Himalayan Frontier

Modi and Nepal-India Relations

02 Jun, 2014    ·   4486

Pramod Jaiswal analyses the potential implications for the India-Nepal bilateral under the leadership of Indian Prime Minister Narendra Modi

Pramod Jaiswal
Pramod Jaiswal
Senior Fellow, China Research Programme (CRP)
Narendra Modi’s thumping victory with 282 Lok Sabha constituencies, making him the Indian Prime Minister generated vibes throughout the region. His invitation to the heads of governments of the South Asian Association for Regional Cooperation (SAARC) member-states to his swearing-in ceremony was an unprecedented move – perhaps a signal that under his tenure as the prime minister, India will prioritise its neighbourhood. It would be interesting to observe what Modi’s victory means for the region in general, and for Nepal in particular.

Modi’s Neighbourhood Policy
The BJP, in their manifesto, assured that they would pursue friendly relations with all of India’s neighbours but would not hesitate from taking firm stances and strong steps. It was a clear signal to neighbours that they would not compromise on issues of terrorism and national security. Modi’s image as a decisive leader and his party’s ‘nationalist’ stand indicates that Modi would be different from the previous governments India has had. However, his efforts would be visible only if he comes with proper homework, revive the SAARC and facilitate the implementation of the SAFTA – the regional free trade agreement, during the SAARC summit to be held in Kathmandu in November this year. Since its establishment in 1985, the SAARC has made no progress due to the perpetual disagreements between India and Pakistan – despite the fact that the SAARC charter forbids member-countries from bringing bilateral issues to the table.

Many experts predict that Modi’s foreign policy priority would be South Asia (particularly improving relations with Pakistan) followed by China and the US, while others believe that China and South Asia would be lowest in his list of priorities as compared to the US, Japan and other strategic partners. After Modi’s rise, some media called him the “Shinzo Abe of India” while the westerners fear him as the “Indian Putin.” Many believe that he might emerge as the “Indian Deng Xiaoping.” Time will tell which name plate matches Modi best. However, Modi will have a proactive foreign policy, possibly one driven by economy.

Modi and Nepal-India Relations
Nepal-India relations have always been cordial, strong, and have stood the test of time. The two countries are so inextricably intertwined by means of geography, history, culture, religion and tradition that a change in government in either country would not affect the warmth of their bilateral relations. Many believe that there would be no fundamental shift in India’s policy towards Nepal under Modi’s regime, but it is likely that Nepal will get more attention, and that interaction between New Delhi and Kathmandu will increase. Interestingly, his first public statement on foreign affairs was about Nepal, on Twitter, where he said he was committed to strengthen relations.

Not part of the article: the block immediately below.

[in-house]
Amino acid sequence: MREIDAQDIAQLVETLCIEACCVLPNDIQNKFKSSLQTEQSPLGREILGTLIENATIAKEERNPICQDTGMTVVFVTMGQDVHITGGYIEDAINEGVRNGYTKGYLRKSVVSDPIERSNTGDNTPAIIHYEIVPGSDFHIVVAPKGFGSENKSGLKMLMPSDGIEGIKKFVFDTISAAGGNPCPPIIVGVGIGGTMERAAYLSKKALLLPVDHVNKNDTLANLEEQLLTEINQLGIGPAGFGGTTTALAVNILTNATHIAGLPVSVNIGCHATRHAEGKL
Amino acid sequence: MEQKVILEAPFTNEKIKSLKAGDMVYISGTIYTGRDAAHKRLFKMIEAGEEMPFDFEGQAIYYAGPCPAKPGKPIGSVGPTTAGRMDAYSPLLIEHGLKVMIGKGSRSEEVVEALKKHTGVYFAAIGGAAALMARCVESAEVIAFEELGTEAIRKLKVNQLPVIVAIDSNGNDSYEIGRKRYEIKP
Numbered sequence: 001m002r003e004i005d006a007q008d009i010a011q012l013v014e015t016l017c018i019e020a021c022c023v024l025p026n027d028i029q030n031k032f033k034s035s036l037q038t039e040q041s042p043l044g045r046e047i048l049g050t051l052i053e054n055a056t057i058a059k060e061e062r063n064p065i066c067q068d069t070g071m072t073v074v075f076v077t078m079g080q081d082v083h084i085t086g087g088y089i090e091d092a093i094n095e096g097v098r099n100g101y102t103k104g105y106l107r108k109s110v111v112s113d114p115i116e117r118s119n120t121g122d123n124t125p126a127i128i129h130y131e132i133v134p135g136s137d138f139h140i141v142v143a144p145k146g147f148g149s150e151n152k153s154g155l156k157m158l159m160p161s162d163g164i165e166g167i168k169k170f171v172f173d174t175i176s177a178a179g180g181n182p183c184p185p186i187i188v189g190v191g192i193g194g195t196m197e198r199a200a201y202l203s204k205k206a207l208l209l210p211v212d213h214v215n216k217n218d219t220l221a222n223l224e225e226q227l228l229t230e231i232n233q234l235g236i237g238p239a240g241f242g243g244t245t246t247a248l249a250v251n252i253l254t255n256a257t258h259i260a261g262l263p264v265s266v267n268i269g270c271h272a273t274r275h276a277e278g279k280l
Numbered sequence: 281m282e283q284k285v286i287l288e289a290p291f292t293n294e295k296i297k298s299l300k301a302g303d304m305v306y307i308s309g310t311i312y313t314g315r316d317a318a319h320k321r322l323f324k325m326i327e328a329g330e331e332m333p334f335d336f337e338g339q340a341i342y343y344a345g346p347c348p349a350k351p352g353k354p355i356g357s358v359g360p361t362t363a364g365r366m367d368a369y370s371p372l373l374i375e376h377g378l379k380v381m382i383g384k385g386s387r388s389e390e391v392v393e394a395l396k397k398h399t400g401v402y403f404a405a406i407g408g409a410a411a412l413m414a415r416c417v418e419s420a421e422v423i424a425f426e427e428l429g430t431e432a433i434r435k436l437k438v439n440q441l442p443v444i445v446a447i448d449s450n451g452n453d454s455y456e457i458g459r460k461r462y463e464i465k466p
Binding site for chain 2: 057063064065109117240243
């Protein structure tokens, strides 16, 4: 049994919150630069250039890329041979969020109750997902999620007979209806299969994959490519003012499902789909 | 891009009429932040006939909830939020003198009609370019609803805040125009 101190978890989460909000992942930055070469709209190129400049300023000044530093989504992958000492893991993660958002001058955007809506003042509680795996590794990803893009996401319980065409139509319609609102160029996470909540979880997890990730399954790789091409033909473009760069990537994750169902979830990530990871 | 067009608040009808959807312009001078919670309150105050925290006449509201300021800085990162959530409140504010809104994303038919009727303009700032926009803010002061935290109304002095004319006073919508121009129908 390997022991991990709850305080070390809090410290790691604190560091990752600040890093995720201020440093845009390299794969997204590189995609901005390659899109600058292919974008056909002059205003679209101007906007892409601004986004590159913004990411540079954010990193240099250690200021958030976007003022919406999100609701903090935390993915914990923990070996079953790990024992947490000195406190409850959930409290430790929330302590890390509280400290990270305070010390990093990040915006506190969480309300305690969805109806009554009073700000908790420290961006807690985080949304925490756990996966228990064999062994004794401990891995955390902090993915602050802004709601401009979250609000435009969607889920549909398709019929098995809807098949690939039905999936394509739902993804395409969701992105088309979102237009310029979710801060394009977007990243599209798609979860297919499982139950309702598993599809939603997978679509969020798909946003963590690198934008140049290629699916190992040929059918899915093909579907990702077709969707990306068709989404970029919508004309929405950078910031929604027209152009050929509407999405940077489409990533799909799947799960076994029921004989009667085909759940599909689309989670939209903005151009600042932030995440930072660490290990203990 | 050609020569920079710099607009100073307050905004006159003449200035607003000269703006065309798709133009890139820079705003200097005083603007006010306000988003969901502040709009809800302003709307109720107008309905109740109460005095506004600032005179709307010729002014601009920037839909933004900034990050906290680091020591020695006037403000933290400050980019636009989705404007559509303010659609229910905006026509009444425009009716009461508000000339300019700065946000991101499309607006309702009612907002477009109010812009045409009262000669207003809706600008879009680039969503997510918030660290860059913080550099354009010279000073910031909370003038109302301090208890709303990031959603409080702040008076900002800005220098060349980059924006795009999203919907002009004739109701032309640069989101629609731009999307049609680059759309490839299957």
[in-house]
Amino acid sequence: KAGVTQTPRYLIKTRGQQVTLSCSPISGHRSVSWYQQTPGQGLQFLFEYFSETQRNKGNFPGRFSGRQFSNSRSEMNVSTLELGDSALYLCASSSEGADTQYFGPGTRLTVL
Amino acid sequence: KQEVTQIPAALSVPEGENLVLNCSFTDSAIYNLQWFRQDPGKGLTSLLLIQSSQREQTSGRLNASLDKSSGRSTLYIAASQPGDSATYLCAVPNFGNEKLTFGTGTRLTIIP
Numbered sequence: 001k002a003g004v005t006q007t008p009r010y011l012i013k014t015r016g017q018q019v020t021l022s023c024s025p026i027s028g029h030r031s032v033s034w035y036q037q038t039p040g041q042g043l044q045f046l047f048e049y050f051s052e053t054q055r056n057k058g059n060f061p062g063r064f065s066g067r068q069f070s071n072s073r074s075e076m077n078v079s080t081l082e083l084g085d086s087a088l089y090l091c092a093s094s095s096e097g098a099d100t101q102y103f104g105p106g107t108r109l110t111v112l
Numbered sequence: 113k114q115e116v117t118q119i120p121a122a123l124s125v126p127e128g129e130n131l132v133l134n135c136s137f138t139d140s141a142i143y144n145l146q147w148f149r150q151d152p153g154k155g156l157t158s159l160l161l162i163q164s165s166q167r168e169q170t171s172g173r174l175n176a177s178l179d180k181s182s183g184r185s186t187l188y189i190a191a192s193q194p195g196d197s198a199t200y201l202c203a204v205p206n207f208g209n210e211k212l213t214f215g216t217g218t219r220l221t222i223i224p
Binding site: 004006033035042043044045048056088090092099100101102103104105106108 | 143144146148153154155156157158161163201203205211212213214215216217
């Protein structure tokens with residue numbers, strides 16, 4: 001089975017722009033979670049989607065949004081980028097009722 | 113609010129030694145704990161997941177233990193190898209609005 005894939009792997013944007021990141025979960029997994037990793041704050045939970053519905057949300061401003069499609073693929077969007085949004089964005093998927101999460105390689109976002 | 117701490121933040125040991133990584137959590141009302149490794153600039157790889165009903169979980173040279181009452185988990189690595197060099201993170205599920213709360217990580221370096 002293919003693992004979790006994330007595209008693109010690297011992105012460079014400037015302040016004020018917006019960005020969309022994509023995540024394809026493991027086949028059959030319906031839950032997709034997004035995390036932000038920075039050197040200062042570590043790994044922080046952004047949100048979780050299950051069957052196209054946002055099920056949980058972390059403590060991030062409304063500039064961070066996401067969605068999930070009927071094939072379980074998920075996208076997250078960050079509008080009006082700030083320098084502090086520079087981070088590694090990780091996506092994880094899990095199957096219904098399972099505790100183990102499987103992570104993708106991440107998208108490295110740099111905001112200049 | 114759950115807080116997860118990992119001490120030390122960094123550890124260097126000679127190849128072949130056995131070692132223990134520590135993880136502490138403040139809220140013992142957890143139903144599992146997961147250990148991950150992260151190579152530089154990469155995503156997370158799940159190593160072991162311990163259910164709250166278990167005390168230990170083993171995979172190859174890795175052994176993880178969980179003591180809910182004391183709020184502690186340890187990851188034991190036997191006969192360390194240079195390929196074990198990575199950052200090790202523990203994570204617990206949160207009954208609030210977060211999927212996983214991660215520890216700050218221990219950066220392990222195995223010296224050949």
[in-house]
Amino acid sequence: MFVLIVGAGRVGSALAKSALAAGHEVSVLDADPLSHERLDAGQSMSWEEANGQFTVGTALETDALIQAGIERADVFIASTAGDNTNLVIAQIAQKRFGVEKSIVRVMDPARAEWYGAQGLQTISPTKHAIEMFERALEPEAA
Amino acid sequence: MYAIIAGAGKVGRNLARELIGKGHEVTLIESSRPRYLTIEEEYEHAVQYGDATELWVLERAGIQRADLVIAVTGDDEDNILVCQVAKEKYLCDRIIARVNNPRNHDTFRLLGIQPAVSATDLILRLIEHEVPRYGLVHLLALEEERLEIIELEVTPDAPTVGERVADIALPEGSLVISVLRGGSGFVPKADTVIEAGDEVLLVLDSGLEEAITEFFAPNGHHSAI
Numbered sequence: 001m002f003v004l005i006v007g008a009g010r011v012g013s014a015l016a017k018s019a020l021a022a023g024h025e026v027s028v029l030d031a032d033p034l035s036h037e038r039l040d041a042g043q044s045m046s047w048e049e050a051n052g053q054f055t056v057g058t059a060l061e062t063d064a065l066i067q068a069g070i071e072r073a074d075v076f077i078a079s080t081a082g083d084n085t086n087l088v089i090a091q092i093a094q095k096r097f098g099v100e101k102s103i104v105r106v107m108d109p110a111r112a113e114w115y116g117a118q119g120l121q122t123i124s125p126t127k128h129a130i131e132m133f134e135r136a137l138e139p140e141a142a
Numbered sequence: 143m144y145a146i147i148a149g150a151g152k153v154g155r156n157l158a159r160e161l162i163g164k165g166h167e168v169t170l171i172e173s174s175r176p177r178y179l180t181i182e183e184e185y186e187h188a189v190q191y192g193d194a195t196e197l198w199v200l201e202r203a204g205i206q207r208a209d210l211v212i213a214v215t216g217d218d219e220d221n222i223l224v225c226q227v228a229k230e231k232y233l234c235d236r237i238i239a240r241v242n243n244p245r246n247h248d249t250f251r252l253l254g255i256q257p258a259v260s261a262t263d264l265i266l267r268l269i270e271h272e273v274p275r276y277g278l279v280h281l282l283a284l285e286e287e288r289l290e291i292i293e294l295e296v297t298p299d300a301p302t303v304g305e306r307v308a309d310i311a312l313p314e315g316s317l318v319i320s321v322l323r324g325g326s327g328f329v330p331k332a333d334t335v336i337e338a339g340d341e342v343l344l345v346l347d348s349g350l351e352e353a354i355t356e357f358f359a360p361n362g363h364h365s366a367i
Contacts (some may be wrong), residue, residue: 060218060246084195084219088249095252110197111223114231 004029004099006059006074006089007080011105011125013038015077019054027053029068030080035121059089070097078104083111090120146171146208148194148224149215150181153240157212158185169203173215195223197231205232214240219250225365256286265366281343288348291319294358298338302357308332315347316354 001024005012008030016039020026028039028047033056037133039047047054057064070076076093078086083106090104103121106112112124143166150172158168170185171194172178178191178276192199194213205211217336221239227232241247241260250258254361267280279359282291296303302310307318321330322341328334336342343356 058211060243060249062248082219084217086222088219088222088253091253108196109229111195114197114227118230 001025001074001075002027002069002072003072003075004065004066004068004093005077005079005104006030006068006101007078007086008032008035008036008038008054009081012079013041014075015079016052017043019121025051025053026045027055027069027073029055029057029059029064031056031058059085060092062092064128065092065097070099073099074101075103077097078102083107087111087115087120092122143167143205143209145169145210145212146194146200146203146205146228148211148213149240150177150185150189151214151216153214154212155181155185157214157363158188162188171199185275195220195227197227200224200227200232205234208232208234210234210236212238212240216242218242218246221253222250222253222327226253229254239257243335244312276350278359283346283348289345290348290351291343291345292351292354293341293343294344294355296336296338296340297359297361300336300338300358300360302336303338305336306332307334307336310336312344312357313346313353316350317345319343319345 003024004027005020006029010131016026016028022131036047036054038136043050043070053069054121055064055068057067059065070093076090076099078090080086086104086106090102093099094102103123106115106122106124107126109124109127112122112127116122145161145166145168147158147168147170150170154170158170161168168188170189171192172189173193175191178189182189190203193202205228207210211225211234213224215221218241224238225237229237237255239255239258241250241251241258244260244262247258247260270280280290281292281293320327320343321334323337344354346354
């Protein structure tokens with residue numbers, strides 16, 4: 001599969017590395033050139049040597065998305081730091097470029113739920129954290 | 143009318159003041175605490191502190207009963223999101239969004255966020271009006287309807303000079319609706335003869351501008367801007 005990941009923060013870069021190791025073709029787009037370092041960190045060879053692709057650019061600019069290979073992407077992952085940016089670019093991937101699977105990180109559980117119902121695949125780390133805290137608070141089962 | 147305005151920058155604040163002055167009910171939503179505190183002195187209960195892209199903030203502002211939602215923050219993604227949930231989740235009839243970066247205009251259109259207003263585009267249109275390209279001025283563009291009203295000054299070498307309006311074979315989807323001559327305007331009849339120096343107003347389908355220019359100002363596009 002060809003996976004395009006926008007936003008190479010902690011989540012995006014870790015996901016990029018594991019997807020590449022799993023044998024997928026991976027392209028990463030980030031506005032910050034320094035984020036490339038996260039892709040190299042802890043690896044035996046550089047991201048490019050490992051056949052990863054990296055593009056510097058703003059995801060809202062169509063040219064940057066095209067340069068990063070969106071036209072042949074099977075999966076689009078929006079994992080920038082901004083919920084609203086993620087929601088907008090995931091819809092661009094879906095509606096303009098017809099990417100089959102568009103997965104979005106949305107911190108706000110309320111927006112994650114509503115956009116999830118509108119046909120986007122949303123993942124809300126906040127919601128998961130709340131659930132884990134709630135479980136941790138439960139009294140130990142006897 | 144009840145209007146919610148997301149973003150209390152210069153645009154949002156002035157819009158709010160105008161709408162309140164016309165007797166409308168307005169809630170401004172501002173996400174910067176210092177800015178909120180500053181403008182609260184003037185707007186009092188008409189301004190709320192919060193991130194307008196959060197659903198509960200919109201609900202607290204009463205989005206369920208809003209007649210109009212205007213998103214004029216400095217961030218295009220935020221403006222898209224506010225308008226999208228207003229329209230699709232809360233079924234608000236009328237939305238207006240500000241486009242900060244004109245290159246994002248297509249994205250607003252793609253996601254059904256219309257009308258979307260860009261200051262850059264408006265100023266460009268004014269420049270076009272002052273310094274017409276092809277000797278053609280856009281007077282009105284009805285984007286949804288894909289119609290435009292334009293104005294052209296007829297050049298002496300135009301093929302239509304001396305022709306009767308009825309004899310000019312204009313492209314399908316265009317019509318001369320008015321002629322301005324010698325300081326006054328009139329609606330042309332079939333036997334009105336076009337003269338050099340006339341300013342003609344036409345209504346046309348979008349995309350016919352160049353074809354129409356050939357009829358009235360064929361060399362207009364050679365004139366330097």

Modi’s prime minister-ship has added anxiety among those Nepalese who stand for a secular and republic Nepal. They fear that Modi’s government, whose leaders had openly expressed unhappiness after Nepal was declared a secular and republic country, might encourage the hard-line Hindu party and pro-Hindu forces of Nepal to fight for the Hindu Kingdom. However, many neglect such fears as Modi is the Prime Minister of a democratic India whose own constitution calls it a “Secular Democratic Republic.” Thus, Modi’s government would not try to fiddle with these aspirations of Nepalese; and instead it would concentrate on building stronger economic ties. He would refrain from supporting hard-line forces in Nepal, irrespective of their ideological and religious persuasions.

‘Secular’ and ‘Republic’ were the two demands agreed by the political parties of Nepal to bring Maoists in the peace process, and those which were later reaffirmed by the People’s Movement of 2006. India facilitated the process as it was in its security interests. A small faction in Modi’s party still believes that a ‘Hindu Kingdom’ can be brought about but they fear the revival of another armed conflict by the Maoists. Hence, India would not make attempts at such adventurism as it would hurt its prime concern – security. Moreover, during the bilateral meeting between Indian Prime Minister Narendra Modi and Nepal’s Prime Minister Sushil Koirala, the former assured the latter that New Delhi had no interest in interfering in the issue of secularism in Kathmandu; and that India would in fact help Nepal in its development.

Modi promised ‘development and governance’ to the people of India during his campaign, which verifies his focus on economic development. The Nepalese economy too can reap the benefits because it is closely linked with the Indian economy. For this, Nepalese political parties need to sort out their differences; write the constitution on time; take meaningful steps towards political stability; and refrain from over-politicising its policy towards India by developing a national consensus, so that internal power struggle does not affect Nepal’s foreign policy priorities.

Similarly, India must give greater political recognition and priority to its Nepal policy because of its unique relationship and security implications. The best way Modi could earn India some goodwill in Nepal is by letting the constitution-writing process take its own course and refrain from actively dictating terms, and/or micro-management, like the previous government did.